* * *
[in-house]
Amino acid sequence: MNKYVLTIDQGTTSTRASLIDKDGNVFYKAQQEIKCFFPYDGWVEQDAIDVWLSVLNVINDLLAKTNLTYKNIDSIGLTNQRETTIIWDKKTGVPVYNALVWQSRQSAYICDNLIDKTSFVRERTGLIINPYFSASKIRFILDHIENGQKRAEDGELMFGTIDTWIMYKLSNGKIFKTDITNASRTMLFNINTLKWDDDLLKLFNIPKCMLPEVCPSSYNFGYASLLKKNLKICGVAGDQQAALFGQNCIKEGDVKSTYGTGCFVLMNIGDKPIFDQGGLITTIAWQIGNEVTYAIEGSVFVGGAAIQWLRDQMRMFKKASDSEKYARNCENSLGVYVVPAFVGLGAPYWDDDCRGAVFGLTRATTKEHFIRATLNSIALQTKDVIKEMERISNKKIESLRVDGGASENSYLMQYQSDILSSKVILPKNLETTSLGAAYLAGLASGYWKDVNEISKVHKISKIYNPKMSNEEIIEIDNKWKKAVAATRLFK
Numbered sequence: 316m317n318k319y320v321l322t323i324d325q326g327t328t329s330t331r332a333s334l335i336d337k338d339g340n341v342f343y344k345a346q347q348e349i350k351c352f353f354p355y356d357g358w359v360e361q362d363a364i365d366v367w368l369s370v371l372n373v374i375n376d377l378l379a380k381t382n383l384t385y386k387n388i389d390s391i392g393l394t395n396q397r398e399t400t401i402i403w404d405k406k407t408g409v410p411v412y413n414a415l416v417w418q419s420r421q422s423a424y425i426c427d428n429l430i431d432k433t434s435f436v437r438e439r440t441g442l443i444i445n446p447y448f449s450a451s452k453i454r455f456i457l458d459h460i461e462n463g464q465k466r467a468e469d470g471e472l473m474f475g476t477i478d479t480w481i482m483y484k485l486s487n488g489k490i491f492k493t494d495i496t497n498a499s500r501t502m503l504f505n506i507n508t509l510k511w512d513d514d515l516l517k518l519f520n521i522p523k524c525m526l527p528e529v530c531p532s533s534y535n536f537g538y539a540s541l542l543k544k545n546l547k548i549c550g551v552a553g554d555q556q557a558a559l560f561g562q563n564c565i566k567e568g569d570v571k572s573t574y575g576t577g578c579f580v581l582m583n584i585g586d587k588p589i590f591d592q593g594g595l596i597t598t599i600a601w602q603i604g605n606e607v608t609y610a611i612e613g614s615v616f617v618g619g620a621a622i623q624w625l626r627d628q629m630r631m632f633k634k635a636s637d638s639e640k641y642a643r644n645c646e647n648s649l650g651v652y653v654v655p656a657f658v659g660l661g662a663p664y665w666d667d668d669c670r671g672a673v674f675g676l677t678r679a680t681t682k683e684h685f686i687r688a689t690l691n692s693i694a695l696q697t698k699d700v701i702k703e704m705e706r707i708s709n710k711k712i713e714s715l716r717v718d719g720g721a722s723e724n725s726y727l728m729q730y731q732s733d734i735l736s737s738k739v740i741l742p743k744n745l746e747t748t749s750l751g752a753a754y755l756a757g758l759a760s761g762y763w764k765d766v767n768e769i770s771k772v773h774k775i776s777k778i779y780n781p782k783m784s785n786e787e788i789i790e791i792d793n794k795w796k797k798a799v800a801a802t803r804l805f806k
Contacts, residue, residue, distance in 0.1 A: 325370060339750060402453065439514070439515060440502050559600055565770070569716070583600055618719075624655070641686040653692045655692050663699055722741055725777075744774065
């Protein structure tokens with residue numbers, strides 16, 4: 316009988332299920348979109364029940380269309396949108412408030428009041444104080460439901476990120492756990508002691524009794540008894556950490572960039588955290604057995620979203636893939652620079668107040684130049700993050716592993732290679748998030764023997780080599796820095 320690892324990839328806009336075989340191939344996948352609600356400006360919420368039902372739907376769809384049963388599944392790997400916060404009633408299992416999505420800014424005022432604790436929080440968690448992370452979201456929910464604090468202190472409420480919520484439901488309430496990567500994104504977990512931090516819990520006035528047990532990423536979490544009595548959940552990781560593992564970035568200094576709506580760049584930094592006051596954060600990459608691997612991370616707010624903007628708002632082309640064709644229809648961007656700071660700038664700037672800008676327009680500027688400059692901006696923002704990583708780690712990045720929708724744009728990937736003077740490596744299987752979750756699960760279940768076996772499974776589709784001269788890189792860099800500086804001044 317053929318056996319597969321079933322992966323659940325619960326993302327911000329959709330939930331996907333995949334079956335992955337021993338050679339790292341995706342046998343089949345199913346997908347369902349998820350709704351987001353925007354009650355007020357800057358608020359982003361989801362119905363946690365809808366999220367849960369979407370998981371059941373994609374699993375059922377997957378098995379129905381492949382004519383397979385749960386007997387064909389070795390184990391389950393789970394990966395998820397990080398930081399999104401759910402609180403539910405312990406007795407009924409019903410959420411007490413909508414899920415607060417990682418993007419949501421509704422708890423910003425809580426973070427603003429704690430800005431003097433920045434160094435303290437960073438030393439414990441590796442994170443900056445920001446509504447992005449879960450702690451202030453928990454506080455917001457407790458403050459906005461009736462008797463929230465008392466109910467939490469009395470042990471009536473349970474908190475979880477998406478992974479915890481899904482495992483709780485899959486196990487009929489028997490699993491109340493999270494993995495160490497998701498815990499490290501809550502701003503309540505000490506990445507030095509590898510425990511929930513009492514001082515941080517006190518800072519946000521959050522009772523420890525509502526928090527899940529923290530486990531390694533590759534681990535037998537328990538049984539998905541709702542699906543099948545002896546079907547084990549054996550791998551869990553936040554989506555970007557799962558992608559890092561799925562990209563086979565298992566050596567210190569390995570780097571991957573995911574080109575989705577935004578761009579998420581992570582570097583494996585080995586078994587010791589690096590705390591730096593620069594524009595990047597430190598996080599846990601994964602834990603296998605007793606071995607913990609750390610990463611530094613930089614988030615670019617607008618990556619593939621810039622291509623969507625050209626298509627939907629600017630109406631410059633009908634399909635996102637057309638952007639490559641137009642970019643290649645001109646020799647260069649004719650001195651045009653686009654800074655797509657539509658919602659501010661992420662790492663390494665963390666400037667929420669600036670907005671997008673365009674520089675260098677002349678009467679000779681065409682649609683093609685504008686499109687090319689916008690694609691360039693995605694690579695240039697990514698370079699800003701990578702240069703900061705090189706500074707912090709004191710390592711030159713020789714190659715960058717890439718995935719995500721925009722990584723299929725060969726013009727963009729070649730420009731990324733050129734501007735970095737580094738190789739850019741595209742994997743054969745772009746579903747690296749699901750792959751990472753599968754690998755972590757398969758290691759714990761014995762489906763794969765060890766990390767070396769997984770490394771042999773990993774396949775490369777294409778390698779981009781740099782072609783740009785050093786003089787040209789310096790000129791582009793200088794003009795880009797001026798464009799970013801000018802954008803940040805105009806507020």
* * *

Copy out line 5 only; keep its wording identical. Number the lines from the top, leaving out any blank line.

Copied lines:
């Protein structure tokens with residue numbers, strides 16, 4: 316009988332299920348979109364029940380269309396949108412408030428009041444104080460439901476990120492756990508002691524009794540008894556950490572960039588955290604057995620979203636893939652620079668107040684130049700993050716592993732290679748998030764023997780080599796820095 320690892324990839328806009336075989340191939344996948352609600356400006360919420368039902372739907376769809384049963388599944392790997400916060404009633408299992416999505420800014424005022432604790436929080440968690448992370452979201456929910464604090468202190472409420480919520484439901488309430496990567500994104504977990512931090516819990520006035528047990532990423536979490544009595548959940552990781560593992564970035568200094576709506580760049584930094592006051596954060600990459608691997612991370616707010624903007628708002632082309640064709644229809648961007656700071660700038664700037672800008676327009680500027688400059692901006696923002704990583708780690712990045720929708724744009728990937736003077740490596744299987752979750756699960760279940768076996772499974776589709784001269788890189792860099800500086804001044 317053929318056996319597969321079933322992966323659940325619960326993302327911000329959709330939930331996907333995949334079956335992955337021993338050679339790292341995706342046998343089949345199913346997908347369902349998820350709704351987001353925007354009650355007020357800057358608020359982003361989801362119905363946690365809808366999220367849960369979407370998981371059941373994609374699993375059922377997957378098995379129905381492949382004519383397979385749960386007997387064909389070795390184990391389950393789970394990966395998820397990080398930081399999104401759910402609180403539910405312990406007795407009924409019903410959420411007490413909508414899920415607060417990682418993007419949501421509704422708890423910003425809580426973070427603003429704690430800005431003097433920045434160094435303290437960073438030393439414990441590796442994170443900056445920001446509504447992005449879960450702690451202030453928990454506080455917001457407790458403050459906005461009736462008797463929230465008392466109910467939490469009395470042990471009536473349970474908190475979880477998406478992974479915890481899904482495992483709780485899959486196990487009929489028997490699993491109340493999270494993995495160490497998701498815990499490290501809550502701003503309540505000490506990445507030095509590898510425990511929930513009492514001082515941080517006190518800072519946000521959050522009772523420890525509502526928090527899940529923290530486990531390694533590759534681990535037998537328990538049984539998905541709702542699906543099948545002896546079907547084990549054996550791998551869990553936040554989506555970007557799962558992608559890092561799925562990209563086979565298992566050596567210190569390995570780097571991957573995911574080109575989705577935004578761009579998420581992570582570097583494996585080995586078994587010791589690096590705390591730096593620069594524009595990047597430190598996080599846990601994964602834990603296998605007793606071995607913990609750390610990463611530094613930089614988030615670019617607008618990556619593939621810039622291509623969507625050209626298509627939907629600017630109406631410059633009908634399909635996102637057309638952007639490559641137009642970019643290649645001109646020799647260069649004719650001195651045009653686009654800074655797509657539509658919602659501010661992420662790492663390494665963390666400037667929420669600036670907005671997008673365009674520089675260098677002349678009467679000779681065409682649609683093609685504008686499109687090319689916008690694609691360039693995605694690579695240039697990514698370079699800003701990578702240069703900061705090189706500074707912090709004191710390592711030159713020789714190659715960058717890439718995935719995500721925009722990584723299929725060969726013009727963009729070649730420009731990324733050129734501007735970095737580094738190789739850019741595209742994997743054969745772009746579903747690296749699901750792959751990472753599968754690998755972590757398969758290691759714990761014995762489906763794969765060890766990390767070396769997984770490394771042999773990993774396949775490369777294409778390698779981009781740099782072609783740009785050093786003089787040209789310096790000129791582009793200088794003009795880009797001026798464009799970013801000018802954008803940040805105009806507020």